A major business membership group warns that increasing income inequality in the United States is stifling economic growth.
Many multinational companies are underpaying workers, said Bart van Ark, the Conference Board's chief economist, in an interview with The Huffington Post on Tuesday. He pointed to armloads of data from a December Conference Board report on the topic.
Paying good wages is "a very sensible economic growth model," van Ark explained, because workers then invest in training and education, which drive up returns for their employers, and buy products and services, which helps sustain the consumer economy. But in the United States today, "we are seeing a little bit of the opposite," he said.
Moreover, van Ark noted, "We have to blame ourselves for letting this go on for too long."
Van Ark's concerns are hardly news to the many Americans who have latched on to the rallying cries of the Occupy Wall Street movement and haven't seen their incomes recover from the pain of the Great Recession. Yet it's unusual for any member of the business community to come out in favor of higher wages. The Conference Board, founded in 1916 to provide economic and business knowledge to its member companies -- which include McKinsey, Deutsche Bank, State Farm Insurance Cos., and half of all Fortune 500 companies -- is a nonpartisan organization by tradition.
Van Ark said that many companies are not paying employees what they deserve to the companies' own detriment. While businesses that invest in their workers may have higher labor costs in the short term, he said, they reap a critical competitive advantage over the long term. When some workers receive lower wages than they deserve, they do not develop their skills or work as hard, which pushes down corporate revenues. Productivity growth in the United States was just 0.6 percent in 2011, according to the Conference Board. That's half of productivity growth in Europe, which has been mired in a government debt crisis.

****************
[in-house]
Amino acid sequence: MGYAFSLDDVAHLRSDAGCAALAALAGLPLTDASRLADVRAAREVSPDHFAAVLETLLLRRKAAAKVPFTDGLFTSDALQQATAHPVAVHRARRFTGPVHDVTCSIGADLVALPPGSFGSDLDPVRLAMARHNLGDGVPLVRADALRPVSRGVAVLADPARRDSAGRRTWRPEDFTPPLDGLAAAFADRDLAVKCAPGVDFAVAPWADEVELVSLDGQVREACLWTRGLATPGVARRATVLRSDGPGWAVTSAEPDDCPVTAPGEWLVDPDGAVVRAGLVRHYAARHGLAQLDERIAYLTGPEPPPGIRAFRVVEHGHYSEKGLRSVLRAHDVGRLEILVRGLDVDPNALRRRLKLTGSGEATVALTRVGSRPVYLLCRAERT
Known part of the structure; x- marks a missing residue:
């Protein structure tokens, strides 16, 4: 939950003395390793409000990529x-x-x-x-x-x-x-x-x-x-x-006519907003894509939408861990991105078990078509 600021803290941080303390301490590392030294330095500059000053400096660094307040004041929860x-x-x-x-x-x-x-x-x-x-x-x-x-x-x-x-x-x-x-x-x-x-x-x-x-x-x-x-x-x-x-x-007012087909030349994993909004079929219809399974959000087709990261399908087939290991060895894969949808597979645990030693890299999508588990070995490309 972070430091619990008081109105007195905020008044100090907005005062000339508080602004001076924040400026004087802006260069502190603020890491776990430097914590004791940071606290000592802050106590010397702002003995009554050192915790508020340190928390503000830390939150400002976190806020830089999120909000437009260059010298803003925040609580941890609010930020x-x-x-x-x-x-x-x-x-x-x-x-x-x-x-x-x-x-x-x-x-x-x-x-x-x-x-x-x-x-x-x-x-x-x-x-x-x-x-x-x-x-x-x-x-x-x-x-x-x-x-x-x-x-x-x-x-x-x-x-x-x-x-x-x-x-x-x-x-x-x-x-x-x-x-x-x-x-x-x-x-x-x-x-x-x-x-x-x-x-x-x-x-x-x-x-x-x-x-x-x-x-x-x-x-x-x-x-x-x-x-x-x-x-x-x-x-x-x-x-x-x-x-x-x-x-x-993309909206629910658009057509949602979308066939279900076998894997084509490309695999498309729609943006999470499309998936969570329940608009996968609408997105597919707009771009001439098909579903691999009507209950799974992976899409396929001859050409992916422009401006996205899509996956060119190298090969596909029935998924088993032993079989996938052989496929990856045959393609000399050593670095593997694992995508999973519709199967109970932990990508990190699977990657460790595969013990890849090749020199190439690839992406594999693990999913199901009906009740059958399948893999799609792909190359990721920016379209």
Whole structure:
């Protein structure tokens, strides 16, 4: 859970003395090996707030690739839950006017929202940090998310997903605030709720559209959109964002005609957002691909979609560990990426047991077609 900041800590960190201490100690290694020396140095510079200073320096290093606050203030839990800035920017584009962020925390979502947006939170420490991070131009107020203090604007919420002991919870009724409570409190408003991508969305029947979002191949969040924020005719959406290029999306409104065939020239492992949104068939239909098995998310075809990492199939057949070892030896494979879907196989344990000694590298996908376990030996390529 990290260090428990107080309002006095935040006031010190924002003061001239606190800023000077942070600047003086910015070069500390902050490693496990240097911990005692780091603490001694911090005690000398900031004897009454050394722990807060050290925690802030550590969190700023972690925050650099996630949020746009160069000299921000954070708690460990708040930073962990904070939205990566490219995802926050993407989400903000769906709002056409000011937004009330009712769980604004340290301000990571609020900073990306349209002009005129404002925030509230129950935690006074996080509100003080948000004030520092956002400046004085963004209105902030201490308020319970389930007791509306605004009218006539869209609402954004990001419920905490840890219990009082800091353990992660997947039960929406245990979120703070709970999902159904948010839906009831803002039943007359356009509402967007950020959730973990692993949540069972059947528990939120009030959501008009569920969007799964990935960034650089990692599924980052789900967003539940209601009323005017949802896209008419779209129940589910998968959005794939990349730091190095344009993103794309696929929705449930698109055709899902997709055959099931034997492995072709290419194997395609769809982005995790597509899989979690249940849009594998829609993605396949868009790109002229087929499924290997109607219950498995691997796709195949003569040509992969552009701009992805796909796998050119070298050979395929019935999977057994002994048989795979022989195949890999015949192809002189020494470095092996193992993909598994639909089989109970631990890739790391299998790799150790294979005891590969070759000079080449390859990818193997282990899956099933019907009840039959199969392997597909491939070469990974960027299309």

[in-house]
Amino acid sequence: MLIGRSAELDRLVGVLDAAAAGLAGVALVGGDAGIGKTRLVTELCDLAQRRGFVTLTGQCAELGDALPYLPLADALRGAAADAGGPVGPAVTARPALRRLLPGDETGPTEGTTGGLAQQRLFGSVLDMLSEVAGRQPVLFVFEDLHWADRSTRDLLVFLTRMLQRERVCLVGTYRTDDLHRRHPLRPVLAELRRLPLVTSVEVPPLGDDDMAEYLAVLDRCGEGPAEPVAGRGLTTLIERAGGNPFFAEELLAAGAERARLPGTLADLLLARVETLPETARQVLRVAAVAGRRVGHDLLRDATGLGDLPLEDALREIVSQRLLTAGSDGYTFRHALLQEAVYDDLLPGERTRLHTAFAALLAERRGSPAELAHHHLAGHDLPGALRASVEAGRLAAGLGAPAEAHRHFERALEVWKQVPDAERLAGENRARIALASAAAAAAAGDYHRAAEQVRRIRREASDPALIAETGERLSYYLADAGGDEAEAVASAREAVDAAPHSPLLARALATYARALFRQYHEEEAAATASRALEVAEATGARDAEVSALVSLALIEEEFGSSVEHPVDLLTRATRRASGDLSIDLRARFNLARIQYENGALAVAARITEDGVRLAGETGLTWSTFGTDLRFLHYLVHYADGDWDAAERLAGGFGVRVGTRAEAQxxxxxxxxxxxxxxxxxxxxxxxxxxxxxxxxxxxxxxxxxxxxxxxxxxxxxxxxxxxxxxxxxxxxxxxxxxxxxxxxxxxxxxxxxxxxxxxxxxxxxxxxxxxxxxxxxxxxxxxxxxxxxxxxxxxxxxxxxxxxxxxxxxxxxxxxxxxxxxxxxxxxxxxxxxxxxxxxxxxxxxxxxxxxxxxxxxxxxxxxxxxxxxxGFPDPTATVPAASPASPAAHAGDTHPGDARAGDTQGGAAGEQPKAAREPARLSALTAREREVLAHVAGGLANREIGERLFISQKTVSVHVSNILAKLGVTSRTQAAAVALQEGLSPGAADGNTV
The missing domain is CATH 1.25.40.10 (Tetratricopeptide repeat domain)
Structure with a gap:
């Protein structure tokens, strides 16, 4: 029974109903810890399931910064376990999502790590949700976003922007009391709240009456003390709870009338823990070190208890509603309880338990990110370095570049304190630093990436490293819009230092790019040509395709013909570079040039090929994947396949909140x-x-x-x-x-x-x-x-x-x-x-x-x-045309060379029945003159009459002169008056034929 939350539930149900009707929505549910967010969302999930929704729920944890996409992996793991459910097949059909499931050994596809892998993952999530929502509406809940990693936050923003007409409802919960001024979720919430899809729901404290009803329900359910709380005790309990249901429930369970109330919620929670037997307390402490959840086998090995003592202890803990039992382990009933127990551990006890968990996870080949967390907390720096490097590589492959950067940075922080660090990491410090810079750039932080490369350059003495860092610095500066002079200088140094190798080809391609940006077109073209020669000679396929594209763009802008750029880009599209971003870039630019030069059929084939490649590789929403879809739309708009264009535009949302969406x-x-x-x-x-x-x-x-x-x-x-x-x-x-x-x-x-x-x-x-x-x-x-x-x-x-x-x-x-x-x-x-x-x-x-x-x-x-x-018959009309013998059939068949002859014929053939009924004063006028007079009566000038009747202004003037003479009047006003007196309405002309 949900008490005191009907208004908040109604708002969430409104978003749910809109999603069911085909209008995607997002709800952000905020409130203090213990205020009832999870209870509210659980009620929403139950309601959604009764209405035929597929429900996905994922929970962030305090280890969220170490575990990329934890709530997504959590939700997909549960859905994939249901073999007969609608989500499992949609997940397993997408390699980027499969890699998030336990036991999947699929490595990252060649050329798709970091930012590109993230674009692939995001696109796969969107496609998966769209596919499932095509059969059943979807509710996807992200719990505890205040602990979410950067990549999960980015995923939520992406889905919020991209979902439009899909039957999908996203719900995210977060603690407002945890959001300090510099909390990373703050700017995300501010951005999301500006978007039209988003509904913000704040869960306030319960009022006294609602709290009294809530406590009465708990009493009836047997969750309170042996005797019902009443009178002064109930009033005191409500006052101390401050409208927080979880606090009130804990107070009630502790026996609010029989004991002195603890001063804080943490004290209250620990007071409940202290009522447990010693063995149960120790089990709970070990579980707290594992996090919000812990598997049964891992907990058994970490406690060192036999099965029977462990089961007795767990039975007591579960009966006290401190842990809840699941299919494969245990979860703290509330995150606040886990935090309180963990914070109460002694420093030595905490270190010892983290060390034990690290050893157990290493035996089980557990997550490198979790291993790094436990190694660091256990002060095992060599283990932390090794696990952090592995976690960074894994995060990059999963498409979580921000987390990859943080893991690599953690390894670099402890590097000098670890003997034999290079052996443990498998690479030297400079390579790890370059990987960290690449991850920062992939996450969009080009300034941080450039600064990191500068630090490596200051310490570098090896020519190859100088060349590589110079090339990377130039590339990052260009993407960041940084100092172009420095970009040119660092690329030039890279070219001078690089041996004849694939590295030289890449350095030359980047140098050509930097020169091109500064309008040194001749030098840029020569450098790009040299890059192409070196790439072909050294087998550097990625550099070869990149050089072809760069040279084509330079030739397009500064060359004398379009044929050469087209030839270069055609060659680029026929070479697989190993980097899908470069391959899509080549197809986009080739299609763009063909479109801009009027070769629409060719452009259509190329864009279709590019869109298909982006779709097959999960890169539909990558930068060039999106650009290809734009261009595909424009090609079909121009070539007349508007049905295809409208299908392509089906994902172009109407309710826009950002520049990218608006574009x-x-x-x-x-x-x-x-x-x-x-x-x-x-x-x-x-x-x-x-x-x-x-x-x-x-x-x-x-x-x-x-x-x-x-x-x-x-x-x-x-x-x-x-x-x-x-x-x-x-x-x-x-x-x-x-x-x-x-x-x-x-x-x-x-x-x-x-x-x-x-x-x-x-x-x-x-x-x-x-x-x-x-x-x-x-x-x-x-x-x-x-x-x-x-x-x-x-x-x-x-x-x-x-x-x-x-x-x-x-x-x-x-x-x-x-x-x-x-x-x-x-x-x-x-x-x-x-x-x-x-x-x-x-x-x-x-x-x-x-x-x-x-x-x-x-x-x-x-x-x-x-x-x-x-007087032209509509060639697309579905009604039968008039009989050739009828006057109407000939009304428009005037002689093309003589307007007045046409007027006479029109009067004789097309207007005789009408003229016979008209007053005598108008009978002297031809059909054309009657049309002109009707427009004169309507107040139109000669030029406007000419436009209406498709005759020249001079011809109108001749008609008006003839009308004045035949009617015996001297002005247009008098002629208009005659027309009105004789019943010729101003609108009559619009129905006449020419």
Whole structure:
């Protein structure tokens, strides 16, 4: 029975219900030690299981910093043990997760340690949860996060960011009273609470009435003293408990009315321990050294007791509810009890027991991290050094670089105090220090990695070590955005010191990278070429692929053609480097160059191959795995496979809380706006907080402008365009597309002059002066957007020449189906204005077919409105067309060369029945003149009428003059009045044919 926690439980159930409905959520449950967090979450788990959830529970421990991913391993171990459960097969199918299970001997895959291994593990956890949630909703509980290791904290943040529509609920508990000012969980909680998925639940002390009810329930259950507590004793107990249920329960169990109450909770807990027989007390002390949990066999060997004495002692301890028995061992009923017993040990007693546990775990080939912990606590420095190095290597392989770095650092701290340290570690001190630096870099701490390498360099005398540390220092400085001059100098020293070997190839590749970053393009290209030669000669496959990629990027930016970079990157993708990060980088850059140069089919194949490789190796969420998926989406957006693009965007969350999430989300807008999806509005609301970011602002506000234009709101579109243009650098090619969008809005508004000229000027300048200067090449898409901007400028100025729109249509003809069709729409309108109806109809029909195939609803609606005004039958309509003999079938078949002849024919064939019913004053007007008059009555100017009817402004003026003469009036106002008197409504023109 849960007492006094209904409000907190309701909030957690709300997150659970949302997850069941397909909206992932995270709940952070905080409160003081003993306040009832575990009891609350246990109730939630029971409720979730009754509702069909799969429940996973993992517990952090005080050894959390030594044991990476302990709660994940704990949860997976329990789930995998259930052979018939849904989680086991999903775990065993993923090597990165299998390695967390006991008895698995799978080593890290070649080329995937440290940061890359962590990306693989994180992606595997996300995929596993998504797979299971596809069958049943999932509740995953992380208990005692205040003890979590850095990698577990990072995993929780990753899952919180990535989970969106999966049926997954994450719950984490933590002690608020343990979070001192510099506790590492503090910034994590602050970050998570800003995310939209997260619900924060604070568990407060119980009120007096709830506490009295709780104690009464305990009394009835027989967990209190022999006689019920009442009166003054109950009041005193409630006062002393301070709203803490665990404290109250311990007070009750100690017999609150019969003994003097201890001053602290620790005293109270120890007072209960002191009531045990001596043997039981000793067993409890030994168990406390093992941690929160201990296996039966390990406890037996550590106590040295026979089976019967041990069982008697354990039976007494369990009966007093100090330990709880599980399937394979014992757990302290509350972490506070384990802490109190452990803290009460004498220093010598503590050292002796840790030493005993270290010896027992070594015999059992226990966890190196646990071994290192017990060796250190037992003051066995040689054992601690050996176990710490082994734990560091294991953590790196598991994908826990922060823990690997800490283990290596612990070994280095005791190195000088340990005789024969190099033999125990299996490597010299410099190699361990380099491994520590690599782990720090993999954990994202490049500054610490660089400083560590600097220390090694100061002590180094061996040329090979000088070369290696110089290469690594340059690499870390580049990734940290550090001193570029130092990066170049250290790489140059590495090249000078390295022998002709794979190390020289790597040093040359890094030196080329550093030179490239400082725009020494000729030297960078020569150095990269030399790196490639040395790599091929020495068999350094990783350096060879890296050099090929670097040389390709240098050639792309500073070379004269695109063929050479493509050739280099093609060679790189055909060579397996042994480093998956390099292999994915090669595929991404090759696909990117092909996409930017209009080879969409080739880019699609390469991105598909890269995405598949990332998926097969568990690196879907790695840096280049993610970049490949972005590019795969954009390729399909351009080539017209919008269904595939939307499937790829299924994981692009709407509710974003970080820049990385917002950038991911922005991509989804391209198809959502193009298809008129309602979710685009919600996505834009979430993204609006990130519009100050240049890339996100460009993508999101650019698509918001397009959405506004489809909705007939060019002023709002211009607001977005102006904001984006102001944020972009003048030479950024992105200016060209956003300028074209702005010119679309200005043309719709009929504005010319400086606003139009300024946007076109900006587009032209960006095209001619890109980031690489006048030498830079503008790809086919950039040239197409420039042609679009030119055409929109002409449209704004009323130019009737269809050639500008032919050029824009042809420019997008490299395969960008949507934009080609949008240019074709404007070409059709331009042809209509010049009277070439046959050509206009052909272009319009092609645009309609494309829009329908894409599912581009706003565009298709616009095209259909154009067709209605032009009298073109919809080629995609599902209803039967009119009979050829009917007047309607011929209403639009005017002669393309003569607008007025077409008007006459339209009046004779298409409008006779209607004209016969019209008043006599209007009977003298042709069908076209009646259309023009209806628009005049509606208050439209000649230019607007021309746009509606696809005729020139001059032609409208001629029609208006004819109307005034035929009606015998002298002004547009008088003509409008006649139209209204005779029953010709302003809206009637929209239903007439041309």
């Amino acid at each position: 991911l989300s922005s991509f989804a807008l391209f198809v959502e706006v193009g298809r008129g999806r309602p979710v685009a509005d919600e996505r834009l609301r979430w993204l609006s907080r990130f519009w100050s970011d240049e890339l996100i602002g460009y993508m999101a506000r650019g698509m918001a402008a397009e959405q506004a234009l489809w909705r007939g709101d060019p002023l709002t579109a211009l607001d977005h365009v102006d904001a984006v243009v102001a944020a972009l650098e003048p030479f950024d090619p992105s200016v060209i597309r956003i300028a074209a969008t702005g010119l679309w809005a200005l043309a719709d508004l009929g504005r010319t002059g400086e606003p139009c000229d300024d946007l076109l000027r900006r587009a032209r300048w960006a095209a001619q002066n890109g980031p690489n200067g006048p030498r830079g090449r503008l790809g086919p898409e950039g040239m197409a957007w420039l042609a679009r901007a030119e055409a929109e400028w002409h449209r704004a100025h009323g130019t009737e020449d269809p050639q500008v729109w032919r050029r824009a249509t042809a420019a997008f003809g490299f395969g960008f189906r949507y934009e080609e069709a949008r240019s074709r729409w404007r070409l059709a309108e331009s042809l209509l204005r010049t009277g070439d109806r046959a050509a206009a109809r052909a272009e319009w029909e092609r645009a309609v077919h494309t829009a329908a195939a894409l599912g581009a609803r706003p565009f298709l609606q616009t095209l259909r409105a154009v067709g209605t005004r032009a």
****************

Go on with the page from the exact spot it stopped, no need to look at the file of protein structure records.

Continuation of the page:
"A substantial part of American jobs are so badly rewarded that the returns are insufficient to even pay for the products and services those workers together produce," the Conference Board report said.
The outsourcing of jobs and the development of financial products that have burdened many Americans with debt have also played a role in exacerbating income inequality, van Ark said. The real median income of households plunged 9.8 percent between December 2007 and June 2011, according to private sector estimates cited by the Conference Board report.
Since the mid-1990s, there has been a "hollowing out" of the middle class largely because of technological changes, according to van Ark. Computers have taken over many routine administrative tasks. While the wages of the top 20 percent have spiked since the late '90s, according to the Conference Board report, the wages of the bottom 50 percent have largely stagnated.
The Conference Board report points out that growing income inequality in the U.S. dates back to the 1970s: While the top 1 percent's average real pretax income spiked 4.4 percent per year between 1979 and 2007, the bottom 99 percent's average real income grew just 0.6 percent.
"We have the most productive workers in the world," van Ark said, "and if we're not paying them accordingly in the medium term, we're going to have trouble."